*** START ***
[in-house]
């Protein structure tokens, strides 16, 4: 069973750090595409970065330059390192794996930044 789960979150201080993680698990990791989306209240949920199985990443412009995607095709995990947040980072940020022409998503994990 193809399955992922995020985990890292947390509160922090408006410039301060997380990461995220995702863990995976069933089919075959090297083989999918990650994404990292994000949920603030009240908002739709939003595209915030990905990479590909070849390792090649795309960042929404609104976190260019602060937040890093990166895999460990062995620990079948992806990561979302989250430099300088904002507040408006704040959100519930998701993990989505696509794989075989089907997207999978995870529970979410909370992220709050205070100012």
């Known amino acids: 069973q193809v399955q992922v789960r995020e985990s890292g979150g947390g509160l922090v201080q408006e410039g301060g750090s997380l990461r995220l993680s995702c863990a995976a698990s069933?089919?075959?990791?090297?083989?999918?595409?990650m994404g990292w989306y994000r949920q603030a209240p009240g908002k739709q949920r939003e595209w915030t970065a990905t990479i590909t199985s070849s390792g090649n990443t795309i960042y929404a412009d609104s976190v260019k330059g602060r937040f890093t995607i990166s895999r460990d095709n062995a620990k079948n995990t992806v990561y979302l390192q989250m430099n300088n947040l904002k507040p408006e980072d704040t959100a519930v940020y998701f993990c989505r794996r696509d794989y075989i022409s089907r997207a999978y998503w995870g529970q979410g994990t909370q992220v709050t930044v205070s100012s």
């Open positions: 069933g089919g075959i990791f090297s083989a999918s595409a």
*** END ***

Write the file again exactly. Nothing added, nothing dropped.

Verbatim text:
[in-house]
């Protein structure tokens, strides 16, 4: 069973750090595409970065330059390192794996930044 789960979150201080993680698990990791989306209240949920199985990443412009995607095709995990947040980072940020022409998503994990 193809399955992922995020985990890292947390509160922090408006410039301060997380990461995220995702863990995976069933089919075959090297083989999918990650994404990292994000949920603030009240908002739709939003595209915030990905990479590909070849390792090649795309960042929404609104976190260019602060937040890093990166895999460990062995620990079948992806990561979302989250430099300088904002507040408006704040959100519930998701993990989505696509794989075989089907997207999978995870529970979410909370992220709050205070100012």
């Known amino acids: 069973q193809v399955q992922v789960r995020e985990s890292g979150g947390g509160l922090v201080q408006e410039g301060g750090s997380l990461r995220l993680s995702c863990a995976a698990s069933?089919?075959?990791?090297?083989?999918?595409?990650m994404g990292w989306y994000r949920q603030a209240p009240g908002k739709q949920r939003e595209w915030t970065a990905t990479i590909t199985s070849s390792g090649n990443t795309i960042y929404a412009d609104s976190v260019k330059g602060r937040f890093t995607i990166s895999r460990d095709n062995a620990k079948n995990t992806v990561y979302l390192q989250m430099n300088n947040l904002k507040p408006e980072d704040t959100a519930v940020y998701f993990c989505r794996r696509d794989y075989i022409s089907r997207a999978y998503w995870g529970q979410g994990t909370q992220v709050t930044v205070s100012s």
């Open positions: 069933g089919g075959i990791f090297s083989a999918s595409a």